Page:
As everyone highlighted; this game was a paradigm shift in how we understood games and what they could mean. Those who made this, and what this was, touched us deeply, creating a place that we didn't fathom existed. It transcended its delivery > it became a love story shared with us, and gave us the chance to understand that soul-crushing love they had for each other. It blindsided our naivete with a blatant disregard to … the universe and how we understand it.

    That's why it has changed us, for the better. When we say, "it's my favorite game", we mean it. But what we really mean is, "it's my favorite because it's existence has meant that I have what I do, now, and I don't ever want it to be taken away by it's non-existence". My greatest wish – perhaps ours – is that we would never want it not to exist. It's crazy, but maybe that's what makes it truest.

    I've followed this journey and this game for so long – as we all have, but this documentary is profoundly more insightful than anything I have yet to see. Thank you for sharing this with us and thank you to the Patreon supporters for making this possible. I love you all. Supergiant, Darren, Ashley, everyone; you're amazing. Bless.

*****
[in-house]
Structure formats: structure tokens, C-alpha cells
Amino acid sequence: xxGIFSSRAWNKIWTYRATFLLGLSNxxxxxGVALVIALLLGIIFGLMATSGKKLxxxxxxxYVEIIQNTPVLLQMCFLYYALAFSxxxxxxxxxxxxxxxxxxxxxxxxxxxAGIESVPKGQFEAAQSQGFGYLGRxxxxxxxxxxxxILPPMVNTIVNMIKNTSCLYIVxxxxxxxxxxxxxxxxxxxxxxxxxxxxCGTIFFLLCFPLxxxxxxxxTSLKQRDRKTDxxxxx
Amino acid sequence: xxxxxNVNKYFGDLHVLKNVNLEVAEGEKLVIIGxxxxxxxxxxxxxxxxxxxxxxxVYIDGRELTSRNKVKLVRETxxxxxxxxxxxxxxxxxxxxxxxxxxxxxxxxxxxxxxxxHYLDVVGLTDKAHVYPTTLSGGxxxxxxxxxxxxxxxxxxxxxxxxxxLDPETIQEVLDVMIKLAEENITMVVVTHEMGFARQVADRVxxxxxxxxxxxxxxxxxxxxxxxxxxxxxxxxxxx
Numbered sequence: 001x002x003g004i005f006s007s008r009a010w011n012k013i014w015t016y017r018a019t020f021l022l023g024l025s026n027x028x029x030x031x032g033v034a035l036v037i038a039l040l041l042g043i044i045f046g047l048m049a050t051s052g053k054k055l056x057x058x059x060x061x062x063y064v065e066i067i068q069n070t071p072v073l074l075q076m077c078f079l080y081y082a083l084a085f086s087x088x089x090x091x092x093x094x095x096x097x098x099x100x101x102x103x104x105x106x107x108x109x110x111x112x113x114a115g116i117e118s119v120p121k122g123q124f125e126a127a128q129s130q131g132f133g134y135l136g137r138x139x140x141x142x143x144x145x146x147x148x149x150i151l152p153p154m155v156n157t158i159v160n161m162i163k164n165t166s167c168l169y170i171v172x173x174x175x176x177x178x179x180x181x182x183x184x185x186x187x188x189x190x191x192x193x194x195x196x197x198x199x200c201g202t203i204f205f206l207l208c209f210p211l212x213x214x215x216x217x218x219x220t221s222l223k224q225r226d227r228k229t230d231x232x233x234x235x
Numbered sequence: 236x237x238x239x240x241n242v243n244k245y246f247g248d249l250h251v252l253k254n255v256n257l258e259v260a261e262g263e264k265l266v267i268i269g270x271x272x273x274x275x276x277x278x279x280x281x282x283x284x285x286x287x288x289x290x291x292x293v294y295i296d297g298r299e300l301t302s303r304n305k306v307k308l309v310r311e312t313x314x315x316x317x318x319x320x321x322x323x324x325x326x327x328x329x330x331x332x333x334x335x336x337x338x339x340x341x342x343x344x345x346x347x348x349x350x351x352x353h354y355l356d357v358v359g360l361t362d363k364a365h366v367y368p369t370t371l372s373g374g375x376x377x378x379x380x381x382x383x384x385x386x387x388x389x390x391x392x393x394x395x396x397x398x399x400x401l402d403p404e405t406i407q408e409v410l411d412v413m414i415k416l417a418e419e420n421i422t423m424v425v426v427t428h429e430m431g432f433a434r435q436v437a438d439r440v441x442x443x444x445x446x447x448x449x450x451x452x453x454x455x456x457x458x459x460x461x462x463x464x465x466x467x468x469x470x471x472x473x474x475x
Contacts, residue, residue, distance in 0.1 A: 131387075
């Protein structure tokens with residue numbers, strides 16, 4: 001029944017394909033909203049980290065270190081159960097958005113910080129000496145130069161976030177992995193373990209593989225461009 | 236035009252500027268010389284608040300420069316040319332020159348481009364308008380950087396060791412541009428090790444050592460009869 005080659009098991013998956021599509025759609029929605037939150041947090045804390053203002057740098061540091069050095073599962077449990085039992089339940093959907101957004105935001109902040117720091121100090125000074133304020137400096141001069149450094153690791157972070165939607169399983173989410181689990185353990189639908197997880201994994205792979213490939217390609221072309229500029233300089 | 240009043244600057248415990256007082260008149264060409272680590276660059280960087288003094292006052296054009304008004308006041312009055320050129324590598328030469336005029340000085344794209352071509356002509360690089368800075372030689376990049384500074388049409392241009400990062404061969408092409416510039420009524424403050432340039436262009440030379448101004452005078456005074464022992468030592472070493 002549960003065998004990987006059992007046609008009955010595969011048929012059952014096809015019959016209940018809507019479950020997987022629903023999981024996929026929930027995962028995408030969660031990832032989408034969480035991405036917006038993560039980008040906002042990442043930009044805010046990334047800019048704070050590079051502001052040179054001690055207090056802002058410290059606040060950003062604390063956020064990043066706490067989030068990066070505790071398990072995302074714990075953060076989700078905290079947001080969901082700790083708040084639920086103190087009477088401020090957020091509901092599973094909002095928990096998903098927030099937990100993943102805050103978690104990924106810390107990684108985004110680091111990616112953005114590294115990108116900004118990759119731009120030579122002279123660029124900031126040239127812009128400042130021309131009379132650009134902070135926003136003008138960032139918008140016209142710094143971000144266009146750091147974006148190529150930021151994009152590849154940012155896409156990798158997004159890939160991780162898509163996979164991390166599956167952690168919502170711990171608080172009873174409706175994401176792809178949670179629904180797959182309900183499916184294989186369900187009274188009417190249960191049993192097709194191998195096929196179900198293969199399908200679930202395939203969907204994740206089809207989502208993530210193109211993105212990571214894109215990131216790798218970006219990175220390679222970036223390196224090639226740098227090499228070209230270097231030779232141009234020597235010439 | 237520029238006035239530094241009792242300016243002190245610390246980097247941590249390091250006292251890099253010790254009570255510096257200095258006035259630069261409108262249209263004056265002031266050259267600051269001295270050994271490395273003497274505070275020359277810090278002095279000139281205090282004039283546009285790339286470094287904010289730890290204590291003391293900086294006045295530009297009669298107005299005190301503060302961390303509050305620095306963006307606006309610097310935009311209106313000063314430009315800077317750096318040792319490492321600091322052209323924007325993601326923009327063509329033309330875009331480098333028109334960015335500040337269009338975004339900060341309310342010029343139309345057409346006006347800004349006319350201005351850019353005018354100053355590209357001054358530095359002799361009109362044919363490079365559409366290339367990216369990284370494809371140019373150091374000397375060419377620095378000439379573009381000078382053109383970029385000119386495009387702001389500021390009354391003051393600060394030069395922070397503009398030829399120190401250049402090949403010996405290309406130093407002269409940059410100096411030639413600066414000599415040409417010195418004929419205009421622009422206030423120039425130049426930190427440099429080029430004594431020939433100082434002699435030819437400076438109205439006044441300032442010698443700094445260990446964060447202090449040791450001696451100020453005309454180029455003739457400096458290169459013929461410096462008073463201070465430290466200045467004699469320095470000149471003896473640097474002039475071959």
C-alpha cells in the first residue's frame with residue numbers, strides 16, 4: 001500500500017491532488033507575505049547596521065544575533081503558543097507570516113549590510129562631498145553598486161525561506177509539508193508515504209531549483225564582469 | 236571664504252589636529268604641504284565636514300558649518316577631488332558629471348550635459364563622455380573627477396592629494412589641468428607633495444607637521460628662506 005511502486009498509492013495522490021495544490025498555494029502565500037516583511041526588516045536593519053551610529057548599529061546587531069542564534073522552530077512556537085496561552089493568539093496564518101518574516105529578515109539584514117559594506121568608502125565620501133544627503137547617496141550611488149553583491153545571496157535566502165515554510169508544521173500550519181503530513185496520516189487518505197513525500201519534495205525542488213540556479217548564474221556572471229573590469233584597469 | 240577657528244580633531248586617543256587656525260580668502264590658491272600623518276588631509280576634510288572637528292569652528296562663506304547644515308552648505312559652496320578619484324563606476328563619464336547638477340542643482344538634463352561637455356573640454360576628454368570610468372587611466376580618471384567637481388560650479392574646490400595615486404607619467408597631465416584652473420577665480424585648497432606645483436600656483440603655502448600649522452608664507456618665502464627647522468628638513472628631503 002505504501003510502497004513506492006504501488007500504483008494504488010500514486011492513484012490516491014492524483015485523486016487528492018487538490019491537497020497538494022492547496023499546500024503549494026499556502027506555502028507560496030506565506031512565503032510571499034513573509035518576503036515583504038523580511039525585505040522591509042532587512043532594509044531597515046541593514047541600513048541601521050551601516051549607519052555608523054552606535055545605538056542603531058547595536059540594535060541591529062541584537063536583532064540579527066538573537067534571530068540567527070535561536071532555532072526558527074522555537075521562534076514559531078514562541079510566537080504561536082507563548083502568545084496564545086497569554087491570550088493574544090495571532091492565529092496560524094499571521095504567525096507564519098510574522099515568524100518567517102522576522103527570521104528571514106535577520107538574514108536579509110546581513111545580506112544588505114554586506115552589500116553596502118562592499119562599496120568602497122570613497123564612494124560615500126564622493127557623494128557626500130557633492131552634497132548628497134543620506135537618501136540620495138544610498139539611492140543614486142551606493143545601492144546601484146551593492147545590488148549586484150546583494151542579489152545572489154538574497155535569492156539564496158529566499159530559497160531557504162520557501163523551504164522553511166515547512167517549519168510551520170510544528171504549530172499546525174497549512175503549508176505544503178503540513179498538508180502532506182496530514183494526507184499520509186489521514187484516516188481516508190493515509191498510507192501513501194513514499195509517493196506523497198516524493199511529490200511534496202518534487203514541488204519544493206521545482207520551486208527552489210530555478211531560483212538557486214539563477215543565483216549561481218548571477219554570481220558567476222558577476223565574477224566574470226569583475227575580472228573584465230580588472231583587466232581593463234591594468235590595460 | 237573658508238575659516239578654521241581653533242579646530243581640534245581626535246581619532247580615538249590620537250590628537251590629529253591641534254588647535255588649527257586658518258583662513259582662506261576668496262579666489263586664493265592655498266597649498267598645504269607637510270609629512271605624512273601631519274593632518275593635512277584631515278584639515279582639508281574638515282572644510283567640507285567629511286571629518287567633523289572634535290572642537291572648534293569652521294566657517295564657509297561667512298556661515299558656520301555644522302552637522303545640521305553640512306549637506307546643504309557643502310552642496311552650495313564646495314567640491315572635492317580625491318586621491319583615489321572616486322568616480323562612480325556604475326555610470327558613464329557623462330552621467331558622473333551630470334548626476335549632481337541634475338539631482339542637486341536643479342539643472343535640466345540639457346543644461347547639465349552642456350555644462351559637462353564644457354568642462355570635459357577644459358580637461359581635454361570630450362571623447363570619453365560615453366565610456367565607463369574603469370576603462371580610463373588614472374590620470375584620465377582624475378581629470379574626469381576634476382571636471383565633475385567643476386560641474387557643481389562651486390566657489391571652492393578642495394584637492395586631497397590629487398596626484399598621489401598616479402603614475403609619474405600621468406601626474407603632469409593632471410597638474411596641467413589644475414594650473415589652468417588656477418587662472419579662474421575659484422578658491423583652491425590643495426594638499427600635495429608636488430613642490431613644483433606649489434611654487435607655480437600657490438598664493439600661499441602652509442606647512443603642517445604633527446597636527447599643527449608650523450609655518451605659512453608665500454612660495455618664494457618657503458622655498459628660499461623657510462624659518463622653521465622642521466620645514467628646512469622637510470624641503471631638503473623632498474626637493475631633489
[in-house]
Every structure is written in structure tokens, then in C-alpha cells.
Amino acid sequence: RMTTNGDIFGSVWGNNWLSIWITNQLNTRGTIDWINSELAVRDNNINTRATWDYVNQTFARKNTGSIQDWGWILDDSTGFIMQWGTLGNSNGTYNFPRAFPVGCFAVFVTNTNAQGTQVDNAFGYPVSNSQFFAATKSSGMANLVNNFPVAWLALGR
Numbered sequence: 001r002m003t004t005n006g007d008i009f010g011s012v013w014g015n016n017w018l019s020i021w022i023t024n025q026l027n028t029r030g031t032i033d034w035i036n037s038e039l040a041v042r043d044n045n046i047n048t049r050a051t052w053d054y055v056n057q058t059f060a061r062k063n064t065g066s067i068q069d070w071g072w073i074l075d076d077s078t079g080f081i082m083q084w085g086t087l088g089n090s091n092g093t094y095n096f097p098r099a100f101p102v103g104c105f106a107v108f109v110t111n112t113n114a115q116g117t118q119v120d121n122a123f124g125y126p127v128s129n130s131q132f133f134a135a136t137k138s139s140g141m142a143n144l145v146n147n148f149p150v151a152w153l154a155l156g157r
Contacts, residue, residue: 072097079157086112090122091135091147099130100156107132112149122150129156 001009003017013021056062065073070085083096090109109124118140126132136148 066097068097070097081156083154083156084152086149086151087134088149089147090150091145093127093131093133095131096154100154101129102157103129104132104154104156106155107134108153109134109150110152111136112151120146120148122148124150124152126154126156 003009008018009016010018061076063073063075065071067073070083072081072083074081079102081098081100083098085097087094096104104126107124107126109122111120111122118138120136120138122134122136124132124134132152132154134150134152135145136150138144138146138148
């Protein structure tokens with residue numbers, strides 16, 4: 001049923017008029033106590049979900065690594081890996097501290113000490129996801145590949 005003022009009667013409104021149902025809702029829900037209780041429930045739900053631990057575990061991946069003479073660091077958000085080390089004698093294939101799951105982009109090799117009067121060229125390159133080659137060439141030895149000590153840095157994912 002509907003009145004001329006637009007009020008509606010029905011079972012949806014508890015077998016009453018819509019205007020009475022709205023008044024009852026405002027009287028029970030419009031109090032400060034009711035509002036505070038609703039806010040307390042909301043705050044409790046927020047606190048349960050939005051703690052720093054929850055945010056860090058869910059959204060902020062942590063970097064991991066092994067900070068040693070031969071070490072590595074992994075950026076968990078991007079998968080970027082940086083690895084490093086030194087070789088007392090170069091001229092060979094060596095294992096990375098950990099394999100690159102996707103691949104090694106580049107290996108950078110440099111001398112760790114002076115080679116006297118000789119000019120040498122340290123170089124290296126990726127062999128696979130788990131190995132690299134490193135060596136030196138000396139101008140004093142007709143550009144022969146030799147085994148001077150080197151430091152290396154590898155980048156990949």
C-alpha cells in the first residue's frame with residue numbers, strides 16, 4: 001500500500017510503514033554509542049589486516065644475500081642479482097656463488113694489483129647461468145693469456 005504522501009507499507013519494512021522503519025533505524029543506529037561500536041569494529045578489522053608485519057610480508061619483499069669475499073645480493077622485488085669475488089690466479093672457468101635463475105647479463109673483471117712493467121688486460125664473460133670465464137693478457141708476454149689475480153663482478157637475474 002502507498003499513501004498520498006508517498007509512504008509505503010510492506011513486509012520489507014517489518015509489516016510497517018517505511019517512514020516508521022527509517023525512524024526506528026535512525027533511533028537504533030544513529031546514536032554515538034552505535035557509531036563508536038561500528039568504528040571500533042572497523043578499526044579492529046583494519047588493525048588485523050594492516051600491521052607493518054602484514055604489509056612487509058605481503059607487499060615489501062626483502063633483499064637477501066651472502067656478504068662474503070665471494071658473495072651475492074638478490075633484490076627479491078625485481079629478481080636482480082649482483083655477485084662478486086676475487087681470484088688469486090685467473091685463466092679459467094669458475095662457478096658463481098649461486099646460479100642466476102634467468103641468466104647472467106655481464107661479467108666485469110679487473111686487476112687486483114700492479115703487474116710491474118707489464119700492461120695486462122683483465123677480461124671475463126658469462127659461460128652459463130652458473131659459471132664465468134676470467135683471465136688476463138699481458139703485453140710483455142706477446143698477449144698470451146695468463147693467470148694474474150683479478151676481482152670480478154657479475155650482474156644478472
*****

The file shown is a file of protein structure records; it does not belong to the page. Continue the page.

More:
43. The only gripe I've ever had with Transistor was just the fact that I was so desperately craving more from the world by the end. It was innovative and stylish and unlike anything I'd been a part of before as a player. Even to this day, I yearn for more from it. I wouldn't necessarily want a sequel, because the story of Red and her sword boyfriend was wrapped up in a way that definitively closed the door on further character exploration, but I had so many questions about Cloudbank, about the country, about Royce and the Camerata and more! And after watching this video I really can see the ways that maybe Supergiant was scared and more focused on getting it done at the time.

    But man. This was Supergiant in the throes of anxiety, in the midst of some of their worst growing pains as a studio… and they still pulled Transistor off. What a fucking game.